Nintendo has been supporting Smash esports from the publisher level for a while now, but this feels like the first time Nintendo has given it a nod from the root, development level.
The smartest tweak of all in my opinion is to Final Smash super moves – they were previously wildly different depending on character choice and hugely unbalanced. They’ve been made more cinematic, less interactive and much quicker – so the flow of a match isn’t horrifically interrupted. Pending final balance, I could see these being left on at tournament level now.
Nintendo has been supporting Smash esports from the publisher level for a while now, but this feels like the first time Nintendo has given it a nod from the root, development level. The manner in which things like the display of lives remaining and the current match leader now appear and other adjustments specific to one-on-one play certainly feel like they’re for competitive Smash specifically. Whisper it, but if the fans nut up and bury their differences this could be the Smash game that unites its disparate competitive communities.
But then beyond that there’s just more for the casual fans: more Pokemon (in the build I played, several Alolan form Pokemon pop up), more assist trophies, fantastic new rearrangements and remixes of classic music and new chaos-inducing items.
It looks like casual players will have absolutely loads to do – though we still don’t know what the single-player offering will look like. Some other changes will benefit everyone, like slick versus screens and menus that are for my money a series best.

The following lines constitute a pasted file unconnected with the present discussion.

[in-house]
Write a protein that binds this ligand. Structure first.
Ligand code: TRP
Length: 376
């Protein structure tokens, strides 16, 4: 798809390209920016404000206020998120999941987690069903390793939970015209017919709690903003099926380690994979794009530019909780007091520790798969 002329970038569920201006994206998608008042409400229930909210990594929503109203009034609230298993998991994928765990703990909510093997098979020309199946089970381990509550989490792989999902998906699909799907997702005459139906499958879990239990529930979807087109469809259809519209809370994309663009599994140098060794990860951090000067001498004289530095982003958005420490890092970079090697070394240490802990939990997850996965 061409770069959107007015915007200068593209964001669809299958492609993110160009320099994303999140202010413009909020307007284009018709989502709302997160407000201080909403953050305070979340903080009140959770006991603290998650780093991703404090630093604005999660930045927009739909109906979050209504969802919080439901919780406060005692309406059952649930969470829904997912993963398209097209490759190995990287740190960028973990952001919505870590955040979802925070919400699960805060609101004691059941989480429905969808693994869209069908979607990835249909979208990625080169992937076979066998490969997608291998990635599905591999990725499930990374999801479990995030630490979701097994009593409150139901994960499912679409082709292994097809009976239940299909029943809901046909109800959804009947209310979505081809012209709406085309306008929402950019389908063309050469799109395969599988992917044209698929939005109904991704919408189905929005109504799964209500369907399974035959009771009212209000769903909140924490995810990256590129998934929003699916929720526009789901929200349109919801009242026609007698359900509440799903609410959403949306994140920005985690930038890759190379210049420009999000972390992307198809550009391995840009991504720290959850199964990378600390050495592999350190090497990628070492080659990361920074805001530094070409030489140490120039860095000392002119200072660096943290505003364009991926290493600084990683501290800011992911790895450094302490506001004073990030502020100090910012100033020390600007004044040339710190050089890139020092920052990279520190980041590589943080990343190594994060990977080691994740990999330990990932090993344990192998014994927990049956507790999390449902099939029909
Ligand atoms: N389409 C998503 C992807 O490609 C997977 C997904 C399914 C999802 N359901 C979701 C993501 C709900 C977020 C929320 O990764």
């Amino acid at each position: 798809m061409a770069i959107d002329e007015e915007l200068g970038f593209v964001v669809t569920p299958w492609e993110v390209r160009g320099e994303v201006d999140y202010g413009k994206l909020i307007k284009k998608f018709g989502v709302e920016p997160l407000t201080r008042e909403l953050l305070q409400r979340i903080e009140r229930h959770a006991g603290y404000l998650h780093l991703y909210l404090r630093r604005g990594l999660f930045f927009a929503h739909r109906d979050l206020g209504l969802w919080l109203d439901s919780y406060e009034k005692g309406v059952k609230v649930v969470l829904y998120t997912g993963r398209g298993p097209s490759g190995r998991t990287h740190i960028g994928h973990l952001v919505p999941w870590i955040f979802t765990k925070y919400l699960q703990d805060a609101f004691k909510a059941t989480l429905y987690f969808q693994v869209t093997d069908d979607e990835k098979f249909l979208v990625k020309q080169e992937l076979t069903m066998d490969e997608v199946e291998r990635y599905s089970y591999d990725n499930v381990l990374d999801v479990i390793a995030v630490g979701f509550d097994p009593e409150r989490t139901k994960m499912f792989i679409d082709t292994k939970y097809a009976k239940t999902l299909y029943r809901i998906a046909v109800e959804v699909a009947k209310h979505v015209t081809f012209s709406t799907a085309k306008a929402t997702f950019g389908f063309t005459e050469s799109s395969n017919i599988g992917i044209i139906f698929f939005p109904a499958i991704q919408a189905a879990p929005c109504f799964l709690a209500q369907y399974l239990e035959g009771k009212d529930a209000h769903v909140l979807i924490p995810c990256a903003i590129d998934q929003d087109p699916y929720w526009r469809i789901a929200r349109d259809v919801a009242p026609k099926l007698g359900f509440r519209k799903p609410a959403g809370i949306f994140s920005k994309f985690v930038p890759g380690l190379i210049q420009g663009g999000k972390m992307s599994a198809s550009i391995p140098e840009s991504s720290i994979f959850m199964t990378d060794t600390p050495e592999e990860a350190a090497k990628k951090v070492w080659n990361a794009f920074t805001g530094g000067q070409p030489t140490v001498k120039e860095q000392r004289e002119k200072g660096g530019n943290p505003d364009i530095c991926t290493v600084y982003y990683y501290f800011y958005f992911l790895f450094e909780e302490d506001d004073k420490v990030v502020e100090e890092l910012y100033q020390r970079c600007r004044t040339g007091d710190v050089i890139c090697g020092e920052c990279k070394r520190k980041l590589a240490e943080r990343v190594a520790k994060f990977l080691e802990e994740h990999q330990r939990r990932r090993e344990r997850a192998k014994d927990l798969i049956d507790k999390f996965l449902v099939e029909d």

Then there’s the all-new characters, of course. Clones are now echo characters, freeing Nintendo up to do a palette swap of Peach with slightly different move properties for Daisy, but Ridley and Splatoon’s Squid Kids are all new. I played a few matches with both and they feel like worthy additions to the roster – both in terms of prestige in Nintendo’s hefty stable of characters and utility for Smash.
Ridley is fairly run-of-the-mill – his gimmick is that he’s a Very Big Lad, so he hits hard and has insane reach. The Squid Kids are the more interesting, with a mechanic where you deal more damage when you’ve covered your foes and the stage around them in ink but have to worry about reloading ink as in their own games in order to keep doing that. They seem like a more technical but potentially very potent character.
Anyway – Super Smash Bros. Ultimate feels absolutely amazing to play. Yes – if you want to get derivative, it basically is a deluxe or ‘super’ version of the Smash game we had on the Wii U – but is that really a problem? That was a great game, and with the competitive-friendly mechanical changes it actually feels quite different – and a little closer to Melee – right off the bat.
Whatever the origins of some of the assets in the game, the important thing is that it’s good. Super Smash Bros. Ultimate is going to be the definitive fighting and party game experience on Switch. This is a foregone conclusion. I don’t care if the character models are recycled – after this hands-on, I’m going to be there day one.